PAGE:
Police raided two apartments in Beit Shemesh during municipal elections on Tuesday, arresting eight people and confiscating over two hundred identification cards.
Law enforcement officials believed that the documents were “going to be used in the election” in a fraudulent manner, Police spokesman Micky Rosenfeld told the Jerusalem Post.
“We are checking these ID cards,” Jerusalem District police spokesman Shmulik Ben Ruby told the Post
. “Some of the people [named on the cards] are abroad so we think they [those arrested] might have used the ID cards or [that] they intended to use them but we don’t know yet. We have to check it very deeply.”
The police released a picture of the IDs as well as a picture of a table full of hats, leading Ben Ruby to surmise that the suspects may have intended altering their appearance and “disguise themselves” or others in order to vote multiple times.
However, he cautioned, it is too early to provide “definite answers” as to the suspects’ exact plan. “We are checking the whole issue,” Ben Ruby said.
MK Dov Lipman, a resident of Beit Shemesh, who raised the possibility of voter fraud in Beit Shemesh during a Knesset hearing last week, praised the local police and applauded “MK Miri Regev for demanding greater oversight in Beit Shemesh in the wake of the committee hearing I asked for because of reports of this type of illegal activity.”
During the hearing, Interior Ministry officials stated that their clerks had uncovered attempts by out-of-towners to register as local residents in order to vote in the election but that these attempts had been unsuccessful and did not lead to an increase in the number of registered voters.
The campaign of Bayit Yehudi candidate Eli Cohen alleged that attempts at fraud went further than just the fake IDs, asserted that a Shas party representative had thrown out ballots with Cohen’s name to forestal people from voting for him.
Ariel Nissim, a lawyer for the Cohen campaign and his representative on the local elections board, told the Post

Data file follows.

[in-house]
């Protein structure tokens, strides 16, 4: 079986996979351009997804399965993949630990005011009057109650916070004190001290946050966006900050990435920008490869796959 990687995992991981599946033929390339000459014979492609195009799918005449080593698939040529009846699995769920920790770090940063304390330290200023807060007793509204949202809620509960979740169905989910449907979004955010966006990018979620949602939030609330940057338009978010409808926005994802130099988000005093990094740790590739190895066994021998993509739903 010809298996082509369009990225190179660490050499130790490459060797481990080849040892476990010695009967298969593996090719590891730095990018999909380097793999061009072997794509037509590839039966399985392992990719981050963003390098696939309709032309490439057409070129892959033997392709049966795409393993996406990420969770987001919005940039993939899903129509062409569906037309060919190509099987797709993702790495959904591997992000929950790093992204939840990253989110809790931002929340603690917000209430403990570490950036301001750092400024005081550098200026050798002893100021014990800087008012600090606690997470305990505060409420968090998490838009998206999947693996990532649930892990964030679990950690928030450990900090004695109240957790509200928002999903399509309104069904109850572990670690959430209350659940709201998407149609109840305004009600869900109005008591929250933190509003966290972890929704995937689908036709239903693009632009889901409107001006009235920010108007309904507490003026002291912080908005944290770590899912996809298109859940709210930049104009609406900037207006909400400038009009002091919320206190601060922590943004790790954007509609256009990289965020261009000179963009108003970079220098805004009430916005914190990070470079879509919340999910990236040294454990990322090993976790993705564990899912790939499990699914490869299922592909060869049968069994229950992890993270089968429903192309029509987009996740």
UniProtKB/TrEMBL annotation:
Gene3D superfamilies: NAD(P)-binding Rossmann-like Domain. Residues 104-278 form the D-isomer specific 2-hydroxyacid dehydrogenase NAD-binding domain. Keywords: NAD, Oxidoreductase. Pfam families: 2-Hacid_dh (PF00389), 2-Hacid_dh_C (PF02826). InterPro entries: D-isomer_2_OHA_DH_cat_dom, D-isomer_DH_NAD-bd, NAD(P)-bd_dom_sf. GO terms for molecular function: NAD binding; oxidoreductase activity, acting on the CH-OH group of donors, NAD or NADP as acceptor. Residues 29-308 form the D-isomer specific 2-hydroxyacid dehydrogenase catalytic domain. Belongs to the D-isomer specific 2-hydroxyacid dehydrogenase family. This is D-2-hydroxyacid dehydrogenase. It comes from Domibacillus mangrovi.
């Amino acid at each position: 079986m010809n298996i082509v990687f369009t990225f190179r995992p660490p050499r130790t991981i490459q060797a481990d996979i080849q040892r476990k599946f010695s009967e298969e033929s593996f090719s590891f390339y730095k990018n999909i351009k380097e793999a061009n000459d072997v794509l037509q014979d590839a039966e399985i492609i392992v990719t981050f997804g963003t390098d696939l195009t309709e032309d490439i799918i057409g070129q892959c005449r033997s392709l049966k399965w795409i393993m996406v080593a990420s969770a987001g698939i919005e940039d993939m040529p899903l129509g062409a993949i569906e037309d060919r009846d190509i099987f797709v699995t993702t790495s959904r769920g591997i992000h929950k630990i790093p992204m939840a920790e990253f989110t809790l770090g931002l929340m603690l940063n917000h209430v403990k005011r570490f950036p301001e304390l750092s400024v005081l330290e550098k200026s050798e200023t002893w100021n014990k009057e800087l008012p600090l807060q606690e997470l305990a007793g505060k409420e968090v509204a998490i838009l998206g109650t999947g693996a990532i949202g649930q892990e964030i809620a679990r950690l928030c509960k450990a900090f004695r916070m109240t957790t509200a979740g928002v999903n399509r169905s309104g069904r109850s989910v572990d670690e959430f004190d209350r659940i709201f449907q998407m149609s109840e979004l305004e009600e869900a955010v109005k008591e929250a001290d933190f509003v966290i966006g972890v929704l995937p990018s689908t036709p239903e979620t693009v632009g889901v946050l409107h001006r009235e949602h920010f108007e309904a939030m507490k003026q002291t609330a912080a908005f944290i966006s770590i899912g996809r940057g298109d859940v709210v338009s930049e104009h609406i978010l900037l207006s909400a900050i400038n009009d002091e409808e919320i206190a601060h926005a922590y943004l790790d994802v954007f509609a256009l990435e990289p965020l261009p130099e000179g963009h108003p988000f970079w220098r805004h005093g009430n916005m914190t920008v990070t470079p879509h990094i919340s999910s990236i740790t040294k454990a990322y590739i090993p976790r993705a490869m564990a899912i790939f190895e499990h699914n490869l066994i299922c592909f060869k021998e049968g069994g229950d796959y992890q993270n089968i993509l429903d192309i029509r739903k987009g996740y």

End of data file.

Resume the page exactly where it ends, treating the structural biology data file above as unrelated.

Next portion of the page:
that the official allegedly “stole all the ballots of Eli Cohen from within the voting booth.”
While a party spokesman said that a complaint had been filed with the police, the Jerusalem Post was unable to corroborate Cohen’s claims and a spokesman for Shas incumbent Moshe Abutbul stated that he had no knowledge of the incident.
“In another voting station there was a haredi who came with a forged identification,” Nissim said several hours before the police announced their Beit Shemesh raid.
Nissim also accused the Abutbul campaign of “distributing incitement” in the form of posters that sprung up around the city on Monday evening bearing the face of Aliza Bloch, who was replaced by Eli Cohen as the Bayit Yehudi candidate following a deal between national party chairman Naftali Bennet and the previously independent Cohen.
The posters showed Bloch and Cohen’s faces with the slogan “never forget, never forgive” and were mainly found in national-religious neighborhoods that had previously been strongholds of support for Bloch.
“Abutbul continues to do what he wants as if there were no judgement and no judge,” Nissim alleged, referring to two fines and a censure that Abutbul received from high court justice Salim Jubran earlier this week for violating election laws.
Hanoch Bressler, a spokesman for Abutbul, denied any connection to the posters, attributing them to disgruntled Bloch supporters.
Bloch could not be reached for comment.